The chemistry between Williams and his signal caller continues to evolve with each rep in practice and on the field. After the Thursday Night game against Denver two weeks ago, Rivers told Tom Krasovic (SD-UT) “Tyrell, as you saw, has the potential to make every play. There’s not a play physically that he can’t make. It’s just a matter of continuing to grow as a receiver – running (optimal) routes.”
They say knowledge is power. Stepping in to fill the shoes of your team’s number one receiver at a moment’s notice shows one’s mettle to teammates and coaches alike.
So far, Tyrell Williams has proven he is up to the challenge. He MUST continue to do so for team to have any kind of chance at winning games.
Despite what many of us would consider to be a difficult time – waiting this long for the draft to occur, that is – we are less than a week from the NFL’s premiere offseason activity. The cattle call that is the NFL draft will be taking place before you know it. I’ll be in New York City in the blink of an eye. I’m on a plane as we speak, heading to Charlotte to see my amazing children. Then it’s time to take over NYC and the NFL draft. ( Editor’s Note: I began writing this on 5/3)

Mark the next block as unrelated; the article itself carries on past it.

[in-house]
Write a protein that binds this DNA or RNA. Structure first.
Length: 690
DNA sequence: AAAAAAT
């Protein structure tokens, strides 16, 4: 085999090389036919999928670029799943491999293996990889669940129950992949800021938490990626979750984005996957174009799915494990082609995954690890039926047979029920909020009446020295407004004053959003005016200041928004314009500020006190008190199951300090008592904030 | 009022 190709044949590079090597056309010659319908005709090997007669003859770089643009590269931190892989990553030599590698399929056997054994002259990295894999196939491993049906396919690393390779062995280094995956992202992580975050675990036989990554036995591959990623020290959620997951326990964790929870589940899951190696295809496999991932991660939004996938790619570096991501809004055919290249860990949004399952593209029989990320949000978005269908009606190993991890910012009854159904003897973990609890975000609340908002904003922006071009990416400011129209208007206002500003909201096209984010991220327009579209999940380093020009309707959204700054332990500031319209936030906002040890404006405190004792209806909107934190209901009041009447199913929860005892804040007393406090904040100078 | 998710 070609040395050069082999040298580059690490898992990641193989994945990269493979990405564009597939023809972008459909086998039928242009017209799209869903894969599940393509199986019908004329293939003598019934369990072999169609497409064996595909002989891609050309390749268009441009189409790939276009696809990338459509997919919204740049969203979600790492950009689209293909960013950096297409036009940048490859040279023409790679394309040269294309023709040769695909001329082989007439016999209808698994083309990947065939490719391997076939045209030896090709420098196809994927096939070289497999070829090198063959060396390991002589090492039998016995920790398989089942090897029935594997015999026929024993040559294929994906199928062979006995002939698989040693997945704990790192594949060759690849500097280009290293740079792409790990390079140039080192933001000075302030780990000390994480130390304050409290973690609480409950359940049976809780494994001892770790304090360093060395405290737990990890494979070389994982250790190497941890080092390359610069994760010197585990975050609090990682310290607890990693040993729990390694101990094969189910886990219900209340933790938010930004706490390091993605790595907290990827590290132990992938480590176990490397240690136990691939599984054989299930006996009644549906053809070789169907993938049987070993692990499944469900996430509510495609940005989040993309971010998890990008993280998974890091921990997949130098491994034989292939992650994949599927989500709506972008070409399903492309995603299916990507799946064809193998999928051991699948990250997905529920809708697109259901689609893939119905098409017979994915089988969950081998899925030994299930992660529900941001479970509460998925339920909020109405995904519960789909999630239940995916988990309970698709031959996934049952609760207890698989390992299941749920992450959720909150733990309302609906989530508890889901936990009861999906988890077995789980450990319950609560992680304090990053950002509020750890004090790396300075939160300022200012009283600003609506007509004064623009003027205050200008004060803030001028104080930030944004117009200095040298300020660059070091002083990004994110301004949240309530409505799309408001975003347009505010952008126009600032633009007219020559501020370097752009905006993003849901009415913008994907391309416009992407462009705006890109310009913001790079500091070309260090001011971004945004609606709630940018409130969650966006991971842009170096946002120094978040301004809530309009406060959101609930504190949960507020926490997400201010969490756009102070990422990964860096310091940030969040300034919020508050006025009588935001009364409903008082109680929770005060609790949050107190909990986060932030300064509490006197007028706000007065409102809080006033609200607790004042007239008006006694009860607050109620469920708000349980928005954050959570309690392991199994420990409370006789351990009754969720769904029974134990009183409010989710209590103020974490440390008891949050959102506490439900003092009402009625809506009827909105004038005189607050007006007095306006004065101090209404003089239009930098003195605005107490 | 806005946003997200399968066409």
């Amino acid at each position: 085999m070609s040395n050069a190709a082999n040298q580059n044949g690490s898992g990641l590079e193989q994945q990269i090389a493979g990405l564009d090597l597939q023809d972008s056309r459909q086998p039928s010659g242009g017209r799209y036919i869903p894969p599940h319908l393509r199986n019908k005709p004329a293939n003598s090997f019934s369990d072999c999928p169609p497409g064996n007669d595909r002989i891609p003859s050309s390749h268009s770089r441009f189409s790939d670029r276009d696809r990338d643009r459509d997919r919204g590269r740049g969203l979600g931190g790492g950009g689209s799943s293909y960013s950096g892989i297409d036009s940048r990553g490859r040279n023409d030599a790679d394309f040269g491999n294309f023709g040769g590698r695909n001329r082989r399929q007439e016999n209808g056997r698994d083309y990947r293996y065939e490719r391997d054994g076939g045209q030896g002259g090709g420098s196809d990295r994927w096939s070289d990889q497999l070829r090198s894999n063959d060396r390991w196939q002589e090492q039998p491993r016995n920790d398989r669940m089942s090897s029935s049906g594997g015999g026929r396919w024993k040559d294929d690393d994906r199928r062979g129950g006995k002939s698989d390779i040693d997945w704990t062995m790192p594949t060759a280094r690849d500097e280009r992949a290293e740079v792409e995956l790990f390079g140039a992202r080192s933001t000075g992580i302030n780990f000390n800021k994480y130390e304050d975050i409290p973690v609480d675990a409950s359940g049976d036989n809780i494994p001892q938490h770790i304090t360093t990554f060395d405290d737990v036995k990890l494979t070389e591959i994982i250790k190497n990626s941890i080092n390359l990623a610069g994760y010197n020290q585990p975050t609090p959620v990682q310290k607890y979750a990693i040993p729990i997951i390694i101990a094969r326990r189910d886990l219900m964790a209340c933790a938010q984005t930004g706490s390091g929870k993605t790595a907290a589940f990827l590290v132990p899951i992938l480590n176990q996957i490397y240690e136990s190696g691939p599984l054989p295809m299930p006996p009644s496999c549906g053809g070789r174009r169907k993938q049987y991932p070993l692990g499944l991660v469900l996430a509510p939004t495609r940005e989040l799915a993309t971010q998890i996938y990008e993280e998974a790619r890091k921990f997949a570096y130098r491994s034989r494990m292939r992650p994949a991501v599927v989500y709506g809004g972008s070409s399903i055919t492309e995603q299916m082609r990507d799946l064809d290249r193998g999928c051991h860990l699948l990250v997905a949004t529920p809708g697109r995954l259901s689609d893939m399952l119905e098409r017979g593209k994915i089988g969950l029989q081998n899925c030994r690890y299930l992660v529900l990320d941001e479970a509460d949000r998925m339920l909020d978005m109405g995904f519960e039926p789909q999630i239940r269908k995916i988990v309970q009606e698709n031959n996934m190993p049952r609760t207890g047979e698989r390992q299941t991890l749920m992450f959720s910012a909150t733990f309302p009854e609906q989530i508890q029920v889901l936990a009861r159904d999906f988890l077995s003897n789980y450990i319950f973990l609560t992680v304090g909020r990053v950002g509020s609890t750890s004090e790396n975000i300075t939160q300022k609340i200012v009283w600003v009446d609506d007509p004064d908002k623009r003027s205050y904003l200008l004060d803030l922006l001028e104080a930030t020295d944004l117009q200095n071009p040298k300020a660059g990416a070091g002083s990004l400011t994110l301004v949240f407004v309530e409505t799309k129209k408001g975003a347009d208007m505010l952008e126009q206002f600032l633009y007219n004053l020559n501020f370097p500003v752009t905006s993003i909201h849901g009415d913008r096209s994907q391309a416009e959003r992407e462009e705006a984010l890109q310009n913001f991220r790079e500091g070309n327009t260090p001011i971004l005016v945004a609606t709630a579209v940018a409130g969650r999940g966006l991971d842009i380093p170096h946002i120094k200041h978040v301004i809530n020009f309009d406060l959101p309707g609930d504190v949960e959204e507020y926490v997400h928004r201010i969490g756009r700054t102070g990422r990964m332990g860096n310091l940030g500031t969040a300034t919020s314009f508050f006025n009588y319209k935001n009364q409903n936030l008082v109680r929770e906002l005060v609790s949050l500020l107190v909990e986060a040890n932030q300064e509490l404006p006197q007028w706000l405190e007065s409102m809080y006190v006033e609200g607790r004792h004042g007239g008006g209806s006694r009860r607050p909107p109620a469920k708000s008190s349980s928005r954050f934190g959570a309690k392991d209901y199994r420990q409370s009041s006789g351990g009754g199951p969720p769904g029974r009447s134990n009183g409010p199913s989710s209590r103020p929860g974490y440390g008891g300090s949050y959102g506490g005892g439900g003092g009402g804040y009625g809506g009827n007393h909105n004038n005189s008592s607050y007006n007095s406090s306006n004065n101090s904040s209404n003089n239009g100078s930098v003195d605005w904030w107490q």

This is a big year for the Chargers and Tom Telesco. After having what many of us consider to be a solid 2013 draft class, the hope is to replicate last year’s success. Telesco nailed three potential first rounders in the first three rounds of the draft in his first go-around as an NFL GM. Perhaps, the expectation level increases knowing that a player like Stevie Williams, a fifth-round selection, has yet to play in a regular season game. Tourek Williams made the occasional play as well, despite being a sixth round pick. Additionally, Brad Sorensen managed to stay on the ’13 roster as the third quarterback. That could say a lot about what the team has in mind for the former Southern Utah signal caller.
I find it safe to say that the 2013 draft was a success. And, I think that most people in here would agree. But does that put even more pressure on Telesco to trump his rookie attempt at building the team through the draft? Sure, I can get behind that kind of thinking.
Odell Beckham, WR, LSU
Blake Bortles, QB, Central Florida
Teddy Bridgewater, QB, Louisville
Jadeveon Clowney, DE, South Carolina
Ha Ha Clinton-Dix, S, Alabama
Brandin Cooks, WR, Oregon State
Kony Ealy, DE, Missouri
Eric Ebron, TE, North Carolina
Mike Evans, WR, Texas A&M
Kyle Fuller, CB, Virginia Tech
Jimmy Garoppolo, QB, Eastern Illinois
Justin Gilbert, CB, Oklahoma State
Ra’Shede Hageman, DT, Minnesota
Cyrus Kouandjio, OT, Alabama
Cody Latimer, WR, Indiana